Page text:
I spent a month in Israel and Palestine during Operation Protective Edge in 2014. I was working on a farm in Gush Etzion, helping to make it into a sort of community centre where both Israeli and Palestinian could come together to become personally acquainted and resolve their differences.
I got on the bus on my way back to my house in Jerusalem after a long day of hard labour in the hot sun, and I was so excited to see that there was an empty seat near the back. I collapsed into it and got comfortable, listening to my music and taking a big drink of water. It wasn’t until a half hour into my ride that I realized I’d been sitting the whole time with one M16 pointing into my lap and another M16 pointing at my head. I thought about how this same situation would have made me feel had I been in Canada, and I realized that if I ever saw a single rifle on a bus, I would get off of that bus immediately. However, rifles had become such a normal part of the scenery that, in a very short period of time, my understanding of what qualified as safe and acceptable had completely changed. Rockets exploding overhead or landing within earshot – events that any one of which would have been traumatic in a different context and commemorated on a yearly basis – came to warrant no more concern or precaution than would walking home alone at night in Toronto.
The parable of the frog in the pot of warming water might lead us to believe that the change must be gradual over an extended period of time, but in my experience there is no amount of shock or outrage that overwhelms a basic imperative to feel as physically and psychologically comfortable as possible. So I adjust, so that I can ignore, so that I can be comfortable. But what are the consequences of that impulse?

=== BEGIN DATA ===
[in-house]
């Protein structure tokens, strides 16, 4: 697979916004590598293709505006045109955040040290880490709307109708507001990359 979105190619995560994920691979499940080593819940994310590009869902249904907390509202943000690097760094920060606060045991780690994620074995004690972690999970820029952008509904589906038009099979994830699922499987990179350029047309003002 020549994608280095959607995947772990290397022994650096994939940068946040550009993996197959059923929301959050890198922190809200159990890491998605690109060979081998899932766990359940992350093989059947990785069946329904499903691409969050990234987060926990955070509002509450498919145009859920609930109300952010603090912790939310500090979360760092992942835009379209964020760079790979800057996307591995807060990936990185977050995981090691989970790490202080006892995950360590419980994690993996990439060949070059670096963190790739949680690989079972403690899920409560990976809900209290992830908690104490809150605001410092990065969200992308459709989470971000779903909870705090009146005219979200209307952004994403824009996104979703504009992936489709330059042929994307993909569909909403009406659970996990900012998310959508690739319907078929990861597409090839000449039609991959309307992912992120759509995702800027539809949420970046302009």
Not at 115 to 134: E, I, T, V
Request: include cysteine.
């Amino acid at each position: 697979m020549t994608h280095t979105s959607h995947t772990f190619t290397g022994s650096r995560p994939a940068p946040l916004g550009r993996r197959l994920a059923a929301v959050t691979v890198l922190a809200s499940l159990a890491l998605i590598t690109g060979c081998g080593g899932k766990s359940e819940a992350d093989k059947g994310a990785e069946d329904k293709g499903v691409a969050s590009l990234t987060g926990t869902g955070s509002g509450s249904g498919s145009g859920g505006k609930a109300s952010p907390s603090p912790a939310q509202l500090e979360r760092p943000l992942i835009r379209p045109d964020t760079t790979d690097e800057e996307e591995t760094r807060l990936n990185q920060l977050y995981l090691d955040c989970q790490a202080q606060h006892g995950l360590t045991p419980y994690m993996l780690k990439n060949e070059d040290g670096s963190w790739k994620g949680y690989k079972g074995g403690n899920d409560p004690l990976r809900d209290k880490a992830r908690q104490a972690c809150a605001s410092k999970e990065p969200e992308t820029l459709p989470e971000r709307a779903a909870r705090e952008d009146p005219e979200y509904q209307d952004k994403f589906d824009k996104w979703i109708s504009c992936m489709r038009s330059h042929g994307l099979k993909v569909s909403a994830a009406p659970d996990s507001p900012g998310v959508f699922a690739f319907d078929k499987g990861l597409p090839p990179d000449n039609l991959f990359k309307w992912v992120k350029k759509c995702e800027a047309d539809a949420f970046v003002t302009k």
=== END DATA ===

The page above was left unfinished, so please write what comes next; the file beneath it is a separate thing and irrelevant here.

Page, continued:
Struggling changes us; it might be the only condition that truly changes us. And while change is necessary and even inevitable, it will not necessarily be positive.
Struggling can change what we view as acceptable of others. Some, while they struggle, develop a hatred of particular groups; they take to blaming gay people or racialized people or women for their struggle. Meanwhile, the rest of us might become accepting of a higher degree of intolerance than we would have previously such that it no longer raises any alarm bells when the President of the United States calls for the persecution of a political opponent, or when a mainstream political party will embrace a candidate who believes that Muslims shouldn’t be allowed to serve in Congress, or when the response to a mass shooting which takes the lives of 59 people is limited to a standard press release.
Secondarily, we must be cognizant of how the struggle changes what we view to be acceptable behaviour of ourselves. We might become cynical, violent, disassociated or self-righteous. We will find ways to justify ourselves in our behaviour, but the fact is that they are coping mechanisms that make us feel better about doing less real work.
Heartbreak can make us demand better or settle for worse. It can make us bitter and defensive or strong and honest.
Unemployment can make us desperate or it can inspire us to pursue a dream. It can make us angry and insecure or creative and adverturous.
Injustice can make us dismissive of others or remind us to listen. It can make us scared and mean or motivated and engaged.
Martin Luther King Jr. tells us that the arc of the moral universe bends toward justice. I believe, however, that in order for that to be true, we must: (1) pay attention to how we are changing, (2) we must be willing to remain sufficiently uncomfortable that we are motivated to put in the work to change for the better, and (3) we must make decisions about who we want to be and be disciplined with our own behaviour.
Posted in: Progress